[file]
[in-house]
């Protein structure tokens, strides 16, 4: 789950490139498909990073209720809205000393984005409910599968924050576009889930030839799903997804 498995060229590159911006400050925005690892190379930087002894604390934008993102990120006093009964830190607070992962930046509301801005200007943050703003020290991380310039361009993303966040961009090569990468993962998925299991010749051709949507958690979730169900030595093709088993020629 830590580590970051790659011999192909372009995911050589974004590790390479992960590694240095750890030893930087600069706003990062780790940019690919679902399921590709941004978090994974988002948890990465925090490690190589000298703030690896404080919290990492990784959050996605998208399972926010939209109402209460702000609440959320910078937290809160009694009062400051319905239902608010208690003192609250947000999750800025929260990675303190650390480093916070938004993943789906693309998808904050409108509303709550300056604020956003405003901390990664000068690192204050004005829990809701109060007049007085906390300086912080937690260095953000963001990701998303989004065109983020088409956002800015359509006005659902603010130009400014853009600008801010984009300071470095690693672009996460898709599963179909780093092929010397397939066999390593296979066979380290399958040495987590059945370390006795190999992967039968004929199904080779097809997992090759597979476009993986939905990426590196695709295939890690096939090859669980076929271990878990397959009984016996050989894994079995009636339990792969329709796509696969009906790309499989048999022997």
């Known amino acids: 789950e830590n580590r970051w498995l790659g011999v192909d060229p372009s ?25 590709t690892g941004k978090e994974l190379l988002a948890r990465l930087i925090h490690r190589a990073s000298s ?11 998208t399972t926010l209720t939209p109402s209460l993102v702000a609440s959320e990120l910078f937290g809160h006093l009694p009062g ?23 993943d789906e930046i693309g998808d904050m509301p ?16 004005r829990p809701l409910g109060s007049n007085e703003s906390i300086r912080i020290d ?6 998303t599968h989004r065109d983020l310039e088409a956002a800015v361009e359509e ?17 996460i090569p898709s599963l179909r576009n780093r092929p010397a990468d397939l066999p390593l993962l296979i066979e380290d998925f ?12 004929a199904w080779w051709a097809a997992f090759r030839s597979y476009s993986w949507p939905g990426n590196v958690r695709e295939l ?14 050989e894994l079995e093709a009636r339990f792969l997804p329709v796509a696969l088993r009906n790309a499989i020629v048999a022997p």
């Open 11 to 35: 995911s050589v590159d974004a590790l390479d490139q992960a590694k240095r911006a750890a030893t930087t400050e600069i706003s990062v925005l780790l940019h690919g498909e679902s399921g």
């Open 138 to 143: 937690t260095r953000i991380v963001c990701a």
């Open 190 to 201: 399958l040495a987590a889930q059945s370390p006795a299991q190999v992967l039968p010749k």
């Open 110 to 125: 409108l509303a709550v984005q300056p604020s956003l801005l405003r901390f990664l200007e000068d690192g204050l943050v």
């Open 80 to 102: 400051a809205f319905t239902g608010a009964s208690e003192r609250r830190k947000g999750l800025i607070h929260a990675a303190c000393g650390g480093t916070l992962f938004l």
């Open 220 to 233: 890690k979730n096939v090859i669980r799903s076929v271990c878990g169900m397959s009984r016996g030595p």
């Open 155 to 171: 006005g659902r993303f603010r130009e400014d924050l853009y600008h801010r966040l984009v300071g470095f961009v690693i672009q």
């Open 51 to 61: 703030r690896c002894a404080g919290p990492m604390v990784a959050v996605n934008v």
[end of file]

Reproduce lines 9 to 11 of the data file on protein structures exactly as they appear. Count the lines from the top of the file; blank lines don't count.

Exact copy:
């Open 220 to 233: 890690k979730n096939v090859i669980r799903s076929v271990c878990g169900m397959s009984r016996g030595p």
């Open 155 to 171: 006005g659902r993303f603010r130009e400014d924050l853009y600008h801010r966040l984009v300071g470095f961009v690693i672009q």
């Open 51 to 61: 703030r690896c002894a404080g919290p990492m604390v990784a959050v996605n934008v």